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Best Early Career Researcher in New Technologies

Justin Read

Justin Read obtained his PhD in theoretical astrophysics from Cambridge University, UK, in 2003. After a two-year postdoctoral research position, also in Cambridge, he moved to the University of Zürich to join the Institute for Theoretical Physics. In 2009, he joined the University of Leicester as a lecturer in theoretical astrophysics, and in October 2010 he was awarded an assistant professorship at ETH Zürich. Starting 2013 he took up a full Chair at the University of Surrey, Guildford, UK.

The MERAC Prize is awarded for his major achievements in the area of computational astrophysics. He has been able to improve substantially one of the two major computational methods adopted to model hydrodynamics in astrophysics, namely smoothed particle hydrodynamics (SPH). Since numerical simulations have become an essential part of astrophysics and cosmology over the past decade, often driving the interpretation of astronomical data, the impact of his work in the field is of primary importance, and will be even more so in the future. The method developed by Justin Read, called SPH-S, overcomes two related long-standing problems of standard SPH, namely its inability to resolve mixing in fluids and capture instabilities at fluid interfaces.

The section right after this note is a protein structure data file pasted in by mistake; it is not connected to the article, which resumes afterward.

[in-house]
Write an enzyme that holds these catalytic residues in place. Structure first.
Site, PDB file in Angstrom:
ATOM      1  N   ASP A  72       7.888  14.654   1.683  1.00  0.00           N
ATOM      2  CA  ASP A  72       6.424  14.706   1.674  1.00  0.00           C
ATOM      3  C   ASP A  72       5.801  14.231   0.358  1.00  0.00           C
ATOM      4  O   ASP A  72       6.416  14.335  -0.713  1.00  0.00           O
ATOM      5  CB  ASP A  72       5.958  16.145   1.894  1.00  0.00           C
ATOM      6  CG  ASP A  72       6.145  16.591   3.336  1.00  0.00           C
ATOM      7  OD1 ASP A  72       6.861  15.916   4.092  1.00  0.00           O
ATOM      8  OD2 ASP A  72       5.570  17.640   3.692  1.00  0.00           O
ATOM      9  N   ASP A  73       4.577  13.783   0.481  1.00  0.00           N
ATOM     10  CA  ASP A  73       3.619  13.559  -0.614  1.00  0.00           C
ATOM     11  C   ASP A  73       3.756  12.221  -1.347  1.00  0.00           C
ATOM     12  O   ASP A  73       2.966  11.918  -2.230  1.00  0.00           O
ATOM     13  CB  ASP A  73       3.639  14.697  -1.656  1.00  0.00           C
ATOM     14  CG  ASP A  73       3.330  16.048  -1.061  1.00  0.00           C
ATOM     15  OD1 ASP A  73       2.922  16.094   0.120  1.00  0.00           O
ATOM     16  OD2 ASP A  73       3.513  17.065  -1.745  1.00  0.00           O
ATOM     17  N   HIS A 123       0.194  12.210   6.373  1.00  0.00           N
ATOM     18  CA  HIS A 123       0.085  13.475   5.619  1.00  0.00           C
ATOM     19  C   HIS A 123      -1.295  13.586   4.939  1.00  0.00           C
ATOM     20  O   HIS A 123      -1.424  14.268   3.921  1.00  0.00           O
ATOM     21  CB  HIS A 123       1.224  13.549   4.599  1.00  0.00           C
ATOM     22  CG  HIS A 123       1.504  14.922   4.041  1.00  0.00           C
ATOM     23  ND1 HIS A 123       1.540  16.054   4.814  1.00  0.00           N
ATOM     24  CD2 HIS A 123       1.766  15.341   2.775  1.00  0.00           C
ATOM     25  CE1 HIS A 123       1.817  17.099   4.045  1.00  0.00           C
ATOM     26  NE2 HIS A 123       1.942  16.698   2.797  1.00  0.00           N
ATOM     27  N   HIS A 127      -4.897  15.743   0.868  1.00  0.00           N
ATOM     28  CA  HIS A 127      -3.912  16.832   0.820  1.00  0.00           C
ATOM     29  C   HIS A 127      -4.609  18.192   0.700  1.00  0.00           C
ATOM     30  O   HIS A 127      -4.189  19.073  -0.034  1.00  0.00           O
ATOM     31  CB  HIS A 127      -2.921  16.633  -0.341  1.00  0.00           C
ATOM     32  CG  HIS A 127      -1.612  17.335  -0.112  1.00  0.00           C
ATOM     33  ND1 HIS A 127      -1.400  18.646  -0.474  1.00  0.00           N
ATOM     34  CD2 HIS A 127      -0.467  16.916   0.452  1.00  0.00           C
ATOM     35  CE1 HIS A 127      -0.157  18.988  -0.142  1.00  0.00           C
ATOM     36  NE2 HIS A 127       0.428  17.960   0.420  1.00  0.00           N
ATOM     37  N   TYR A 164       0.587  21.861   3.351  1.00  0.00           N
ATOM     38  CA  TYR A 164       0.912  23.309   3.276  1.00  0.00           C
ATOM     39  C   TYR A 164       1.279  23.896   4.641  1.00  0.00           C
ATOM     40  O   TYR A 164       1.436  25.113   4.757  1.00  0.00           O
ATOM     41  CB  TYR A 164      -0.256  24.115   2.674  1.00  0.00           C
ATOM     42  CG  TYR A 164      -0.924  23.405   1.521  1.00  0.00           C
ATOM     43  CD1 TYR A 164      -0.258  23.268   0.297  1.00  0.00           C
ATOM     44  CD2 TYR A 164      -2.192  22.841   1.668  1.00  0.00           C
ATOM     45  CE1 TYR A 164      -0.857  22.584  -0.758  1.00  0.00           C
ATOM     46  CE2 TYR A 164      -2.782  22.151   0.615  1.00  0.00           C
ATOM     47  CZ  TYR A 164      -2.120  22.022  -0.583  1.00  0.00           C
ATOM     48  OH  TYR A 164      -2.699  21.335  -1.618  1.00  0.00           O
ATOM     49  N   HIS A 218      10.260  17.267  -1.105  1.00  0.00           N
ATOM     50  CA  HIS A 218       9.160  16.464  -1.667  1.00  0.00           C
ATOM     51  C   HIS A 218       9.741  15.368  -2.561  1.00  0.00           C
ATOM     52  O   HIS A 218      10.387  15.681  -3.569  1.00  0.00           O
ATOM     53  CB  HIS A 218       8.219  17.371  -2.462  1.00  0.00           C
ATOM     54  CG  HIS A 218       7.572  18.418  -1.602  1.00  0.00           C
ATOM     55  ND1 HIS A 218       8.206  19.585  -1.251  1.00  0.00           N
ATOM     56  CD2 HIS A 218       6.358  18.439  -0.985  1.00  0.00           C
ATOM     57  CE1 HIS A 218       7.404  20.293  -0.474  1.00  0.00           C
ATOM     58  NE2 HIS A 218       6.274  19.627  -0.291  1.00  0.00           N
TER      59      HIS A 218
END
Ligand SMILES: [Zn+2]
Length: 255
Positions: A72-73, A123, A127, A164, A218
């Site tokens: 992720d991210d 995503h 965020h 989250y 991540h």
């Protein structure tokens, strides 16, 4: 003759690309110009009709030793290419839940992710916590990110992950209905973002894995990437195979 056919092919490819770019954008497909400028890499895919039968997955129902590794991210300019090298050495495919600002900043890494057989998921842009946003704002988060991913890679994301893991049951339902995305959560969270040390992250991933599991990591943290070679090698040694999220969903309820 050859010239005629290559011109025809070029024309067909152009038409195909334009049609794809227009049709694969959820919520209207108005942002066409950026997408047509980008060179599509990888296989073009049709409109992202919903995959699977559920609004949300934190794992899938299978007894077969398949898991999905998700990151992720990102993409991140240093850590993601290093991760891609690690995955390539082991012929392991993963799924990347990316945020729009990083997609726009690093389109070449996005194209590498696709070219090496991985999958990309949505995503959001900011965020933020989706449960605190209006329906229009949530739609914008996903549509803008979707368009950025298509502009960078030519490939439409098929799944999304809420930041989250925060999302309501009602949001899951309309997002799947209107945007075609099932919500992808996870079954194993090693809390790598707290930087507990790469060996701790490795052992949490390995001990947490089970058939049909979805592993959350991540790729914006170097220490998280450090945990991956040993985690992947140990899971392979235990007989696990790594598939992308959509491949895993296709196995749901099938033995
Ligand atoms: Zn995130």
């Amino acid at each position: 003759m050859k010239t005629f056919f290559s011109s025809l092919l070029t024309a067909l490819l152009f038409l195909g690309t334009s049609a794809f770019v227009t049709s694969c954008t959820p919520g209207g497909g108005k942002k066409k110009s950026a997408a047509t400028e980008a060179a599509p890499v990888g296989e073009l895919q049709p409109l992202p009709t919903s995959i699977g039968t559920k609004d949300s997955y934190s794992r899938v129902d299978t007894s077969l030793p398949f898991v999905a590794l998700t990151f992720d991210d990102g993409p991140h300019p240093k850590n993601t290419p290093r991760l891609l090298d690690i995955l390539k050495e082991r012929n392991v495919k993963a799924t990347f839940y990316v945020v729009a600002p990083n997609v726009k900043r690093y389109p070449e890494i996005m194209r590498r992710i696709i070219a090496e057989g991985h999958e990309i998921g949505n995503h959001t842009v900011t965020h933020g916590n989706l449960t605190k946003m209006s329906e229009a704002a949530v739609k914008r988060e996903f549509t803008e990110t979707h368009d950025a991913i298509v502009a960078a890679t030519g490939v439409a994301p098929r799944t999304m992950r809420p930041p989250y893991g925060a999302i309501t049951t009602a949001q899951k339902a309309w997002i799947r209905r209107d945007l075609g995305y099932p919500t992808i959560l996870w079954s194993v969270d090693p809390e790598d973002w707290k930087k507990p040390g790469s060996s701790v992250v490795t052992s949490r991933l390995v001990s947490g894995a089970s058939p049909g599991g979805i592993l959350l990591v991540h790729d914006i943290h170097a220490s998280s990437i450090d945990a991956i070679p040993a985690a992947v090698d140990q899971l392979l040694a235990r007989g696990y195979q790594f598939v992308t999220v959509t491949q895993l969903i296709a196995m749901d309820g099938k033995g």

The work has been conducted at the University of Zürich and ETH Zürich, as well as in Leicester and Heidelberg.